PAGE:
I was born and raised in the city but still people will often ask where I am ‘really’ from. They may mean no harm, but that does not mean no damage is done.
I am British. But as a woman of colour I have never been seen as just British. So, to answer the question many people too often ask: I am half Guyanese and half Jamaican. I am also 100 per cent British.
It was my grandmother who was Guyanese. She was part of the pioneering Windrush generation who left everything they knew, upped sticks and embarked on a journey to Britain with the desire to build a better life for them and their families.
In society, it is not often that we hear something positive about people of Caribbean descent – when it isn’t sport related. That is why commemorations and celebrations such as Windrush Day, which was marked last weekend are so important. It is a moment to celebrate not only where we come from but also where we are going and the amazing contributions our community made to post-war Britain.
Our country was not built just by people from these islands but by people from all across the world who came to Britain to seek a new life and embrace the values personal independence and individual effort. Our parents, grandparents and great grandparents’ contribution to Britain’s history, culture and economy truly matters.
They supported British industry in the factories and across public services; on the railways, driving buses, and caring for those in hospital. They were lawyers, activists, academics and worked in arts and entertainment.
The stories that have been passed down to us from our relatives who were of the Windrush generation show just how important it is to work both with, and within, our community. My grandmother and her friends arrived in London with the name and address of a friend-of-a-friend who pointed them in the direction of lodgings and introduced them to another acquaintance, who turn told them about any work that was available. The informal rotating savings and loan scheme of ‘sou-sou’ (meaning ‘box’ in Guyana) helped them pay for all kinds of things – something I remember my grandmother still doing in the 1990s!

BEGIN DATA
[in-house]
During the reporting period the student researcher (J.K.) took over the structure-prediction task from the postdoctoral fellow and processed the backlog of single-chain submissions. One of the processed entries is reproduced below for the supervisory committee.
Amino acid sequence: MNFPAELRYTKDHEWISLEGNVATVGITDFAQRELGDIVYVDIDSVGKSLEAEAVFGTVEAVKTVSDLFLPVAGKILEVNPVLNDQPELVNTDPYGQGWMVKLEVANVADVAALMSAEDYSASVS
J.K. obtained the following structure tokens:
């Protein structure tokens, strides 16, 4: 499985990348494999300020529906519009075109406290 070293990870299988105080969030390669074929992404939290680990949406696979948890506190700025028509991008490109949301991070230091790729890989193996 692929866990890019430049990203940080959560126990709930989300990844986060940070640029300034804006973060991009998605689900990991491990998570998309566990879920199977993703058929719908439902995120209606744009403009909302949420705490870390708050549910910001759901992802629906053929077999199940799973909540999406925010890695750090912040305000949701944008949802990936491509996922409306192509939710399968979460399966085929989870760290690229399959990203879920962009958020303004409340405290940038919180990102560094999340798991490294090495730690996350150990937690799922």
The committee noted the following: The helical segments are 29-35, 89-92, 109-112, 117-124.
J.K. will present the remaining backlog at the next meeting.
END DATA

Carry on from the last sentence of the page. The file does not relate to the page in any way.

And when she showed me all of her pictures, it is safe to say that her and her friends definitely knew how to make a grey damp day in London look and feel a whole lot more colourful. But of course, it is not all positives. And we should not shy away from discussing the uncomfortable truths and the hardships that have faced our Windrush communities and families like mine.
That is why I was pleased to see the Government acknowledge the hurt, trauma and loss that has been suffered by the men and women of the Windrush generation and open a scheme to compensate those who – through absolutely no fault of their own – did not have the documents they later needed and so were unable to prove their right to live in the UK later in life. They have been hugely disadvantaged whether in terms of getting jobs, owning homes, accessing healthcare or even being able to stay in the country. It is right the Government should now do all it can to right those wrongs.
Many of those who have given so much to this country have been seriously let down. We must not run from acknowledging that truth and ensure that nothing like this can ever happen again. Which is why celebrations such as Windrush Day should be used to open dialogue and promote better integration and social cohesion in our country, particularly with our Caribbean communities.
It is especially important to me as a woman of colour, and the granddaughter of one of the Windrush generation because everything I have, her generation started. They taught us the importance of resilience, perseverance and a sense of public service. Without them our country could not have thrived.
To the risk takers like her who faced the unknown, took a leap of faith and faced much adversity to forge a better life and a brighter future for their families – I want to say thank you, not just on Windrush Day but every day. As a country we owe them a huge debt of gratitude, which is why it is vital that the Government continues to do all it can to go some way towards righting the wrongs they experienced. It is the very least we can do.